There are corporations in this nation, some of the biggest corporations in this nation, who do not pay taxes.
It is not that they are cheating. It is not that they are doing something wrong. We have given them tools.” —Rep. Marcia Fudge (D—OH), passes PolitiFact’s fact-check treatment
That small house is awesome. I’m more impressed with a 300 square-foot space that’s functional and livable than I am with a 3,000 square foot space that’s roomy and wasteful. Anyways, tiny house lol etc.
“Are we in a bubble? Yes, this is a bubble. All the frenzied startup activity and still the VCs raise more money to invest. … it’s also like the housing boom where everyone could be a home owner. In 2011 every young person can be an entrepreneur, esp if he or she knows how to code. That’s the bubble, right there.”
Wrong. The total amount of money going into early stage isn’t more than the size of one small VC fund. And VC funds disappear regularly.
The real danger is in the sale of private company shares in the secondary market. SecondMarket alone will do $1B in private company share transactions this year. That’s a sucker’s market, where you’re buying stuff you don’t understand but you think you do (Twitter, Facebook). It’s like buying stock in Ford because you drive a car.
Remember, after heath care passed, how tea party protesters broke into the Capitol and handcuffed the doors closed so no police could get in, while yelling about how they were taking their government back? No? That’s right, because it didn’t happen. But the very thought is terrifying, right?
Here, it’s worth mentioning that Tea Party supporters have some better options than public demonstrations at their disposal to further their legislative goals. I hear one of those options is the corporate treasury of a sprawling, privately held and well-capitalized conglomerate based in Wichita, Kansas.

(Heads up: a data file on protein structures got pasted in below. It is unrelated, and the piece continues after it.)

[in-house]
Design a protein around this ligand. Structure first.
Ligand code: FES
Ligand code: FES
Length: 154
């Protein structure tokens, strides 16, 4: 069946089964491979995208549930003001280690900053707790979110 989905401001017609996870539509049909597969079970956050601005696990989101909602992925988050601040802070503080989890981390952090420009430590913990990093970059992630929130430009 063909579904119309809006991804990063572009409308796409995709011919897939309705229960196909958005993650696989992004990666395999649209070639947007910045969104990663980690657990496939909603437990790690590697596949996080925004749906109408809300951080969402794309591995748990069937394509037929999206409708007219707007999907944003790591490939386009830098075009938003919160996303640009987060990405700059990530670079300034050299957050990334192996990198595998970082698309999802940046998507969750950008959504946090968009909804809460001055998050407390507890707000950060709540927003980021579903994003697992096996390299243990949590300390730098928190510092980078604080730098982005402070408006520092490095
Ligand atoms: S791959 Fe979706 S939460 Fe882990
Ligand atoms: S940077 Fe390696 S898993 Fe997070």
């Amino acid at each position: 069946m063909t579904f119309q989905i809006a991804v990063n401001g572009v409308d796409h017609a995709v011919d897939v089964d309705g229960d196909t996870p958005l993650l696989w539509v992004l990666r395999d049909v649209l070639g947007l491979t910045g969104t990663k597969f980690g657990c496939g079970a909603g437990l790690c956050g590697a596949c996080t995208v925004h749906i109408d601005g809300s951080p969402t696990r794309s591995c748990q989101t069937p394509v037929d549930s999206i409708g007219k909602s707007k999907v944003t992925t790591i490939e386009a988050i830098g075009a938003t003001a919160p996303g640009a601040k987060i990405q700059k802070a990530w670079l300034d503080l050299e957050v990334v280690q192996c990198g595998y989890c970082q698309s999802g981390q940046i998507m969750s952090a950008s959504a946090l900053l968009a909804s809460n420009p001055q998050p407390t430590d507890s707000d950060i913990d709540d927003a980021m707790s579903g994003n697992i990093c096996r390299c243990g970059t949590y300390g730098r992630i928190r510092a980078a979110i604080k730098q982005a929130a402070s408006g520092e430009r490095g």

Is there a progressive equivalent to Koch Industries?
They removed the “budget-repair” part. The reason the Democrats left the state to begin with is because Wisconsin’s upper chamber can’t pass any fiscal bills without 3/5 of the members present, according to Senate rules. With the Democrats missing, Republicans lacked that 3/5 quorum, and couldn’t hold a vote. So, they simply stripped all fiscal provisions from the bill, eliminating the need for a 3/5 quorum, and passed it that way. What makes this extraordinarily slimy is that Governor Walker has insisted from the beginning that the bill’s purpose was to fix the state’s fiscal situation. Now, he and the Wisconsin GOP are implicitly admitting what everyone’s known all along: the bill wasn’t about fixing the budget. It was actually about busting up the unions. Good luck spinning the PR, Walker. You’ve done a bang-up job so far. source
totally sickening. all the “it’s for budget reasons” was a sham they’re willing to dump entirely? sickening. revolting. disgusting. shameful.